This past weekend South America’s largest city, São Paulo (est. pop. 19,616,060) inaugurated their first bike lane. The city striped the first 5km of bike lanes and celebrated the event with their version of Bike Miami Days with an estimated 9,000 bicyclists, skateboarders, pedestrians, and rollerbladers participating in this event. Going forward, the city of São Paulo will close several streets every Sunday from 7am- 12pm, hoping to attract at least 10,000 participants. The limited street closures will connect three parks within the city, including Parque Ibirapuera, São Paulo’s largest park. If successful, the route will be extended to the University of São Paulo which is already used on the weekends by bicyclists and triathletes as their preferred training ground.
São Paulo lacks green spaces and the few parks that do exist, such as Parque Ibirapuera, are usually filled to capacity on the weekends. Riding a bicycle on the streets of São Paulo is a virtual death wish; I know because I have done it. If a car does not clip you, chances are pretty good that you will get bikejacked.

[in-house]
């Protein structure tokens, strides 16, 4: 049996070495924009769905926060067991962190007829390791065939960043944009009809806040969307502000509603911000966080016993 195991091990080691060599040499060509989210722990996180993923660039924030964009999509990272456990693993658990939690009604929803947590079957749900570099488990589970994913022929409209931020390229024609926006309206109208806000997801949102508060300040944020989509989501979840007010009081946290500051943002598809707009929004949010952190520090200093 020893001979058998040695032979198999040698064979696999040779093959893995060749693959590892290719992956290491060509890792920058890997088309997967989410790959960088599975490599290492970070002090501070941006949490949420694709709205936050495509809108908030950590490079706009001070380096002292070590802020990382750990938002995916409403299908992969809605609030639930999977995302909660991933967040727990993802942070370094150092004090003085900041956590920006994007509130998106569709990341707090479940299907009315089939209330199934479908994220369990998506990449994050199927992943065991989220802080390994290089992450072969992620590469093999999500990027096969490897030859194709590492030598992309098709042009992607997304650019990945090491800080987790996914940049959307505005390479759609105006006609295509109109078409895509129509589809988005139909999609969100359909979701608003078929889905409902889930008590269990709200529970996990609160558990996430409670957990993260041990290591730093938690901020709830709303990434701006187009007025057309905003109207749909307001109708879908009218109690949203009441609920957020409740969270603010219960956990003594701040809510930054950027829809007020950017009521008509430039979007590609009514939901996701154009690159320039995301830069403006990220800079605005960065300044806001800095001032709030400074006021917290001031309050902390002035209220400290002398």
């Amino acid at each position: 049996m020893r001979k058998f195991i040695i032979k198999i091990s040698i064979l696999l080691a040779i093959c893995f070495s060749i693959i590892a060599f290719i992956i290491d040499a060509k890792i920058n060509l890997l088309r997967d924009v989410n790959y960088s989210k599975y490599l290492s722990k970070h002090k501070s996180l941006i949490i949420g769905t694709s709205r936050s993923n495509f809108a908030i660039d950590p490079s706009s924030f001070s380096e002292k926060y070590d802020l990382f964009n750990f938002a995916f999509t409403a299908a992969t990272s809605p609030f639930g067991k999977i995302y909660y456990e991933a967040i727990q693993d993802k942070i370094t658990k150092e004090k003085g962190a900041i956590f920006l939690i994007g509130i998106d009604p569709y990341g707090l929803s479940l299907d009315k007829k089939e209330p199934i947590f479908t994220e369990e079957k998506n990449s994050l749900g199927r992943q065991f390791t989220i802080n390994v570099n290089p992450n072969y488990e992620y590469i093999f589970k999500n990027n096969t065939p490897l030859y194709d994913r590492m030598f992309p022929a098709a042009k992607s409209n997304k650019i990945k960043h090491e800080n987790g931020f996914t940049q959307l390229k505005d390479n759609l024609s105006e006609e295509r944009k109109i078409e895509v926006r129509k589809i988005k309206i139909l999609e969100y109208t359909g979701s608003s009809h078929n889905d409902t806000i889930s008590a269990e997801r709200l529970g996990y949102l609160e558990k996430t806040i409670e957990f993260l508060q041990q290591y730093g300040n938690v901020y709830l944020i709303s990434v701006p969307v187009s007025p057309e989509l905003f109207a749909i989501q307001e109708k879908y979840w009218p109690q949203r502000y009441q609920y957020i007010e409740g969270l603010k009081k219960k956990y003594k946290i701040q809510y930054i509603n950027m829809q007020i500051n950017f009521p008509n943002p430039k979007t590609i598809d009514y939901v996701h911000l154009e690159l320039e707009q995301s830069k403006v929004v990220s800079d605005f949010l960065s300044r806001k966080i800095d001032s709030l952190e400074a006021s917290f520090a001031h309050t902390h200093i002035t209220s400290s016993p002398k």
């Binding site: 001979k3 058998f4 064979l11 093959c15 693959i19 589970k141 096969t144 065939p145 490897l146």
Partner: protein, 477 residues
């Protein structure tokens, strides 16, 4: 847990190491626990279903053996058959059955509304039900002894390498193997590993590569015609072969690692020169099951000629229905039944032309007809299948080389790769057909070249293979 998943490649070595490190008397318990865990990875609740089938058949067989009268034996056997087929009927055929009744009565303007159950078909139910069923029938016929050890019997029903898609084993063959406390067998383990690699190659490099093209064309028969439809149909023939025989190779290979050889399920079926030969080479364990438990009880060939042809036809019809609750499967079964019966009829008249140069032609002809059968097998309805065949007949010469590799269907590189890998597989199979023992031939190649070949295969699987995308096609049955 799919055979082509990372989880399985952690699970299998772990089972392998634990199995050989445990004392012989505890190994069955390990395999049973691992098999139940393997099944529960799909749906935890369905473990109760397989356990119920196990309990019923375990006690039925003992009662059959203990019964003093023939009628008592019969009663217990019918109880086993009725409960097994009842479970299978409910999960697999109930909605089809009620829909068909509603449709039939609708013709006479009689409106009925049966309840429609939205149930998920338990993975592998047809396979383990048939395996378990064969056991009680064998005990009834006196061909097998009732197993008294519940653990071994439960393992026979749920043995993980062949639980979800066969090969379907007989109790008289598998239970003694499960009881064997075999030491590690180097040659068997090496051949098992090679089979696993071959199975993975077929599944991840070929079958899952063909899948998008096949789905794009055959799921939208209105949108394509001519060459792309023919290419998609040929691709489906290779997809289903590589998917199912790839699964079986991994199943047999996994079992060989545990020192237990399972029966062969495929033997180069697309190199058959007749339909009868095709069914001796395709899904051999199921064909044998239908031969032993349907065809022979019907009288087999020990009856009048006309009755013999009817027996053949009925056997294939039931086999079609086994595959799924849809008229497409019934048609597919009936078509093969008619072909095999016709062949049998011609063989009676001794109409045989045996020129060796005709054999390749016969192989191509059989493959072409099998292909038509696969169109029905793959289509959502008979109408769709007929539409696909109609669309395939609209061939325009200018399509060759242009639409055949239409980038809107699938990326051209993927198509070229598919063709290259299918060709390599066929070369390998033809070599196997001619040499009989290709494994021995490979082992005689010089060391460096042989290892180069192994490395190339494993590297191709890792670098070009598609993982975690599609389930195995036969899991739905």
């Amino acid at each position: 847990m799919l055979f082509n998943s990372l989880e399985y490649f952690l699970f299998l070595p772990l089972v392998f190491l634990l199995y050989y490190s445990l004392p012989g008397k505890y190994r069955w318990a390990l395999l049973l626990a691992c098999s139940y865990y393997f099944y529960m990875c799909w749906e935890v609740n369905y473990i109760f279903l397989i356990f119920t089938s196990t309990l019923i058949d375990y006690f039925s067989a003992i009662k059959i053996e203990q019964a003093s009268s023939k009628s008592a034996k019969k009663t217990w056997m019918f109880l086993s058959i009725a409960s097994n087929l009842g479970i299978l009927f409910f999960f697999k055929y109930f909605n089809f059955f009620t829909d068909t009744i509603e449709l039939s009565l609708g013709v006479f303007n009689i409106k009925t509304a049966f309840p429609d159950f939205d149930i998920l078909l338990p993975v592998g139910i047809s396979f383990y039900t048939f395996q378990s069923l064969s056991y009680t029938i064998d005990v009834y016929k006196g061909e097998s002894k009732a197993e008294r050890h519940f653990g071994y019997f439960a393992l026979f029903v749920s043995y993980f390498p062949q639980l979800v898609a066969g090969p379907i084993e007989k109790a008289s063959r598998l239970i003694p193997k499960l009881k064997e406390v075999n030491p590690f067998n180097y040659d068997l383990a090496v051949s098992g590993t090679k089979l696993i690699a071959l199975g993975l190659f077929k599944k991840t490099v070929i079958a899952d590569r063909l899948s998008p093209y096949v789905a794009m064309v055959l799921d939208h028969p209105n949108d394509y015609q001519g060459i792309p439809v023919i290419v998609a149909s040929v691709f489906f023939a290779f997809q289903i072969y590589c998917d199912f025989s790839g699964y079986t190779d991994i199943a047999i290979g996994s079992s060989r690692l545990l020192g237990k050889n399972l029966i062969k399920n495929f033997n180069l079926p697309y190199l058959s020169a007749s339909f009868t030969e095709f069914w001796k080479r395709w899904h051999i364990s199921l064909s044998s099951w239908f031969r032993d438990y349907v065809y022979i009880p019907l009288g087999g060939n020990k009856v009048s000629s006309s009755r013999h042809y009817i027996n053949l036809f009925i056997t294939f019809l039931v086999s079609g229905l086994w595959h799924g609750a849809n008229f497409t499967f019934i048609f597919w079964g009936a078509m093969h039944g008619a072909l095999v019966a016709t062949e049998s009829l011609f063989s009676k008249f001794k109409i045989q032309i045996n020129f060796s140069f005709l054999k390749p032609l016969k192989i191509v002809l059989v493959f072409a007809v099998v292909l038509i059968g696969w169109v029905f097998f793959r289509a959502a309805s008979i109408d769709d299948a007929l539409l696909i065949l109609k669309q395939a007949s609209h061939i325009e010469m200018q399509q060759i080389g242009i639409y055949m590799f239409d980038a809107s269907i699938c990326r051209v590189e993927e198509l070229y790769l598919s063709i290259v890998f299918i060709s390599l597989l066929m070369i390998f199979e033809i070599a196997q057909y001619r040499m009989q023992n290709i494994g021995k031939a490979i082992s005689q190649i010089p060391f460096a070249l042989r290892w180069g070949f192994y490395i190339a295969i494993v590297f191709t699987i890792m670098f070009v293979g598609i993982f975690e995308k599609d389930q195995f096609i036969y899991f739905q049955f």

The Sunday Ciclovia addresses both of these barriers to bicycling in São Paulo. With the increased police presence and partially closed streets, the chances of being hit by a car diminish substantially. Public vigilance is perhaps the best deterrent against crime, with 10,000 extra eyes on the streets, even the most brazen of criminals will think twice about mugging a bicyclist for their wheels.
Hopefully the new bike lanes are just the beginning for São Paulo. The opportunities for outdoor recreation are limited for the city’s inhabbitants, particularly for the poor and the lower middle class. This megacity could certainly use more bike lanes, especially protected bicycle lanes, as traffic and driving etiquette in this city are unlike anything that I have ever experienced.
From 7 am to 1 pm on August 9, 16, and 23, New York’s Park Avenue will partially resemble it’s earlier form when a municipal park actually occupied the right of way. A nod to the successful Ciclovia events in Bogota, Colombia, “Summer Streets” will ban all vehicular and bus traffic on the bustling thoroughfare from the Brooklyn Bridge to 72nd Street into central Park, giving way to pedestrians and cyclists only.
Image Via: Aaron Naparstek…
Image Via: MikeyNYC’s Flickr…
Every Sunday and holiday, every week, the City of Bogotá, Colombia closes down over 70 miles of roadways to cars and let people bike, walk, talk, exercise, picnic, sunbathe, I could go on and on. Just watch the video, it’s amazing. This video comes to you via Streetfilms from the Open Planning Project in NYC.